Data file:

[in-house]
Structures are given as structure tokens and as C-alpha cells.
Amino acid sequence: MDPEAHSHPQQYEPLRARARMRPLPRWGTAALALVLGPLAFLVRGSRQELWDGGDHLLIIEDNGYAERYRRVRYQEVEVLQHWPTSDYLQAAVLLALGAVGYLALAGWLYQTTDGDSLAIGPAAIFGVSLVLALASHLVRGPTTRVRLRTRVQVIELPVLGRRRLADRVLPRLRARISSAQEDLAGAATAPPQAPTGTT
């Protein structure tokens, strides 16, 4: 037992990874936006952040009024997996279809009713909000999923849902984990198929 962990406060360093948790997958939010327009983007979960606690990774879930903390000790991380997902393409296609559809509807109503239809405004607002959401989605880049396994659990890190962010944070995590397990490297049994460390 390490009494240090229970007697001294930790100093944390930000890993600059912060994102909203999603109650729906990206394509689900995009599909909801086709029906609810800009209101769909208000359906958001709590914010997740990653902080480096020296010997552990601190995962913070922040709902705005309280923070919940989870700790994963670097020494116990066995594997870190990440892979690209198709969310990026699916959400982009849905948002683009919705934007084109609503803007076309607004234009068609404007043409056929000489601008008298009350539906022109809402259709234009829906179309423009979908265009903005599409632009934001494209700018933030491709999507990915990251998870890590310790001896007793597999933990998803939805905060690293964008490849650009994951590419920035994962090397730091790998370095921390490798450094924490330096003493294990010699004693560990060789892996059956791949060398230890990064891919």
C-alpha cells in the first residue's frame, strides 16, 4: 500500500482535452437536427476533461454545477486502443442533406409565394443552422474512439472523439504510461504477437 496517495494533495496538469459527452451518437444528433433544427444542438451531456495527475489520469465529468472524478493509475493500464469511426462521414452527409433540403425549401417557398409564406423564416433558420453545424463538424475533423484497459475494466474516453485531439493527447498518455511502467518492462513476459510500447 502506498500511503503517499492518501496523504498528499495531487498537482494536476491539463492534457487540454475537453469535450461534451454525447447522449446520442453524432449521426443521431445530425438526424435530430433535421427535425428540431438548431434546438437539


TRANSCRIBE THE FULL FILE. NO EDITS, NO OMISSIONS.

[in-house]
Structures are given as structure tokens and as C-alpha cells.
Amino acid sequence: MDPEAHSHPQQYEPLRARARMRPLPRWGTAALALVLGPLAFLVRGSRQELWDGGDHLLIIEDNGYAERYRRVRYQEVEVLQHWPTSDYLQAAVLLALGAVGYLALAGWLYQTTDGDSLAIGPAAIFGVSLVLALASHLVRGPTTRVRLRTRVQVIELPVLGRRRLADRVLPRLRARISSAQEDLAGAATAPPQAPTGTT
């Protein structure tokens, strides 16, 4: 037992990874936006952040009024997996279809009713909000999923849902984990198929 962990406060360093948790997958939010327009983007979960606690990774879930903390000790991380997902393409296609559809509807109503239809405004607002959401989605880049396994659990890190962010944070995590397990490297049994460390 390490009494240090229970007697001294930790100093944390930000890993600059912060994102909203999603109650729906990206394509689900995009599909909801086709029906609810800009209101769909208000359906958001709590914010997740990653902080480096020296010997552990601190995962913070922040709902705005309280923070919940989870700790994963670097020494116990066995594997870190990440892979690209198709969310990026699916959400982009849905948002683009919705934007084109609503803007076309607004234009068609404007043409056929000489601008008298009350539906022109809402259709234009829906179309423009979908265009903005599409632009934001494209700018933030491709999507990915990251998870890590310790001896007793597999933990998803939805905060690293964008490849650009994951590419920035994962090397730091790998370095921390490798450094924490330096003493294990010699004693560990060789892996059956791949060398230890990064891919």
C-alpha cells in the first residue's frame, strides 16, 4: 500500500482535452437536427476533461454545477486502443442533406409565394443552422474512439472523439504510461504477437 496517495494533495496538469459527452451518437444528433433544427444542438451531456495527475489520469465529468472524478493509475493500464469511426462521414452527409433540403425549401417557398409564406423564416433558420453545424463538424475533423484497459475494466474516453485531439493527447498518455511502467518492462513476459510500447 502506498500511503503517499492518501496523504498528499495531487498537482494536476491539463492534457487540454475537453469535450461534451454525447447522449446520442453524432449521426443521431445530425438526424435530430433535421427535425428540431438548431434546438437539